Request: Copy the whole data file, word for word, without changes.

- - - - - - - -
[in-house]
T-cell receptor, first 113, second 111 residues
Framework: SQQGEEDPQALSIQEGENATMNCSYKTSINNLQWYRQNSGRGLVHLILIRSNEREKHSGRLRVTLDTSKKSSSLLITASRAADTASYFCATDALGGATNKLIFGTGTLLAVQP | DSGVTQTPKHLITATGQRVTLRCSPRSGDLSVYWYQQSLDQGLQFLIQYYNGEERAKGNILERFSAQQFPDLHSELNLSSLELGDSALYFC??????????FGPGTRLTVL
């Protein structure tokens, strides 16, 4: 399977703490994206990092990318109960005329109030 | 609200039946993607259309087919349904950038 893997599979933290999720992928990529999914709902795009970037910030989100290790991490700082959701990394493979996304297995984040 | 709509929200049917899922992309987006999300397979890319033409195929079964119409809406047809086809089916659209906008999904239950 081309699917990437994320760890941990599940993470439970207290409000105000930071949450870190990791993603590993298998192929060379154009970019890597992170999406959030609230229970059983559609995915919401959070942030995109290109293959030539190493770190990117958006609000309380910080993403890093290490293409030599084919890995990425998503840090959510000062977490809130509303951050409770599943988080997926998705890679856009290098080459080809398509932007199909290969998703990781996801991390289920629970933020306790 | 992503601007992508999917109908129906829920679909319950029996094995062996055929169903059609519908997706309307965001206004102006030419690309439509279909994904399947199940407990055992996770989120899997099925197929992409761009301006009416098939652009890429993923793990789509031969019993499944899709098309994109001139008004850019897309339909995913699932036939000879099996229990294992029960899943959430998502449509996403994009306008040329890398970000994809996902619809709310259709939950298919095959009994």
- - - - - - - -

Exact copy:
[in-house]
T-cell receptor, first 113, second 111 residues
Framework: SQQGEEDPQALSIQEGENATMNCSYKTSINNLQWYRQNSGRGLVHLILIRSNEREKHSGRLRVTLDTSKKSSSLLITASRAADTASYFCATDALGGATNKLIFGTGTLLAVQP | DSGVTQTPKHLITATGQRVTLRCSPRSGDLSVYWYQQSLDQGLQFLIQYYNGEERAKGNILERFSAQQFPDLHSELNLSSLELGDSALYFC??????????FGPGTRLTVL
């Protein structure tokens, strides 16, 4: 399977703490994206990092990318109960005329109030 | 609200039946993607259309087919349904950038 893997599979933290999720992928990529999914709902795009970037910030989100290790991490700082959701990394493979996304297995984040 | 709509929200049917899922992309987006999300397979890319033409195929079964119409809406047809086809089916659209906008999904239950 081309699917990437994320760890941990599940993470439970207290409000105000930071949450870190990791993603590993298998192929060379154009970019890597992170999406959030609230229970059983559609995915919401959070942030995109290109293959030539190493770190990117958006609000309380910080993403890093290490293409030599084919890995990425998503840090959510000062977490809130509303951050409770599943988080997926998705890679856009290098080459080809398509932007199909290969998703990781996801991390289920629970933020306790 | 992503601007992508999917109908129906829920679909319950029996094995062996055929169903059609519908997706309307965001206004102006030419690309439509279909994904399947199940407990055992996770989120899997099925197929992409761009301006009416098939652009890429993923793990789509031969019993499944899709098309994109001139008004850019897309339909995913699932036939000879099996229990294992029960899943959430998502449509996403994009306008040329890398970000994809996902619809709310259709939950298919095959009994």